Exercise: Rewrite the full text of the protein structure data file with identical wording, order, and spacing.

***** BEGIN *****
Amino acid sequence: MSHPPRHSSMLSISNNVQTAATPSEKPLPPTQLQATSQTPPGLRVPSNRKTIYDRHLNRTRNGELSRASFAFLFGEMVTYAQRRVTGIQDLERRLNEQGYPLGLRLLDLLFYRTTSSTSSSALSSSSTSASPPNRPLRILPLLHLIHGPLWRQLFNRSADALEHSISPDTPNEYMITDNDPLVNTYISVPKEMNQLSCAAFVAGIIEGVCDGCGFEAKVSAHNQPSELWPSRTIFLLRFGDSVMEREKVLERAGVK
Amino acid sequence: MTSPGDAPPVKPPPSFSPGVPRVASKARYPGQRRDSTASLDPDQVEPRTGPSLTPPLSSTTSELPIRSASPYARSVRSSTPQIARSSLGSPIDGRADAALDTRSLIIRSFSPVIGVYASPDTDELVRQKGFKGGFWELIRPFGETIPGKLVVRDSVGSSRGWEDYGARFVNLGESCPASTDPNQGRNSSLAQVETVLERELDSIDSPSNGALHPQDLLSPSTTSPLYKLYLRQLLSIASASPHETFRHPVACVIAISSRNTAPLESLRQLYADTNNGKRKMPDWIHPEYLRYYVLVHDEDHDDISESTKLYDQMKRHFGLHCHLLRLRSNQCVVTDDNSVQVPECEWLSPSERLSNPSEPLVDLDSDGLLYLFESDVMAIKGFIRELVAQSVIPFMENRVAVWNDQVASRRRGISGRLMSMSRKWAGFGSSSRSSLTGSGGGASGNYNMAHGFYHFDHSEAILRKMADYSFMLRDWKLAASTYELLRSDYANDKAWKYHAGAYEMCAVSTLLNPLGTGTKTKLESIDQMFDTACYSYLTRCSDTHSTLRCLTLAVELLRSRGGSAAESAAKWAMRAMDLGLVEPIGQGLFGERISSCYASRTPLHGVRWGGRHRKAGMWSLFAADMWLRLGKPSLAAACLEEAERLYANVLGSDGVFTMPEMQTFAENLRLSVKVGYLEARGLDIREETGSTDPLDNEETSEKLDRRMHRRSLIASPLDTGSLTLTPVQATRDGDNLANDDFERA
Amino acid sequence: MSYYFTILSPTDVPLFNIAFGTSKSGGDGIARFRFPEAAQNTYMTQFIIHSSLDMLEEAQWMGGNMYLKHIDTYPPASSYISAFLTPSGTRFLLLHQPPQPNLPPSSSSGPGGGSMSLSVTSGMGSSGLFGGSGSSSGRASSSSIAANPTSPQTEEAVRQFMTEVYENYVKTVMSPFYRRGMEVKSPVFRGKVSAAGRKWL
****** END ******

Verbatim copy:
Amino acid sequence: MSHPPRHSSMLSISNNVQTAATPSEKPLPPTQLQATSQTPPGLRVPSNRKTIYDRHLNRTRNGELSRASFAFLFGEMVTYAQRRVTGIQDLERRLNEQGYPLGLRLLDLLFYRTTSSTSSSALSSSSTSASPPNRPLRILPLLHLIHGPLWRQLFNRSADALEHSISPDTPNEYMITDNDPLVNTYISVPKEMNQLSCAAFVAGIIEGVCDGCGFEAKVSAHNQPSELWPSRTIFLLRFGDSVMEREKVLERAGVK
Amino acid sequence: MTSPGDAPPVKPPPSFSPGVPRVASKARYPGQRRDSTASLDPDQVEPRTGPSLTPPLSSTTSELPIRSASPYARSVRSSTPQIARSSLGSPIDGRADAALDTRSLIIRSFSPVIGVYASPDTDELVRQKGFKGGFWELIRPFGETIPGKLVVRDSVGSSRGWEDYGARFVNLGESCPASTDPNQGRNSSLAQVETVLERELDSIDSPSNGALHPQDLLSPSTTSPLYKLYLRQLLSIASASPHETFRHPVACVIAISSRNTAPLESLRQLYADTNNGKRKMPDWIHPEYLRYYVLVHDEDHDDISESTKLYDQMKRHFGLHCHLLRLRSNQCVVTDDNSVQVPECEWLSPSERLSNPSEPLVDLDSDGLLYLFESDVMAIKGFIRELVAQSVIPFMENRVAVWNDQVASRRRGISGRLMSMSRKWAGFGSSSRSSLTGSGGGASGNYNMAHGFYHFDHSEAILRKMADYSFMLRDWKLAASTYELLRSDYANDKAWKYHAGAYEMCAVSTLLNPLGTGTKTKLESIDQMFDTACYSYLTRCSDTHSTLRCLTLAVELLRSRGGSAAESAAKWAMRAMDLGLVEPIGQGLFGERISSCYASRTPLHGVRWGGRHRKAGMWSLFAADMWLRLGKPSLAAACLEEAERLYANVLGSDGVFTMPEMQTFAENLRLSVKVGYLEARGLDIREETGSTDPLDNEETSEKLDRRMHRRSLIASPLDTGSLTLTPVQATRDGDNLANDDFERA
Amino acid sequence: MSYYFTILSPTDVPLFNIAFGTSKSGGDGIARFRFPEAAQNTYMTQFIIHSSLDMLEEAQWMGGNMYLKHIDTYPPASSYISAFLTPSGTRFLLLHQPPQPNLPPSSSSGPGGGSMSLSVTSGMGSSGLFGGSGSSSGRASSSSIAANPTSPQTEEAVRQFMTEVYENYVKTVMSPFYRRGMEVKSPVFRGKVSAAGRKWL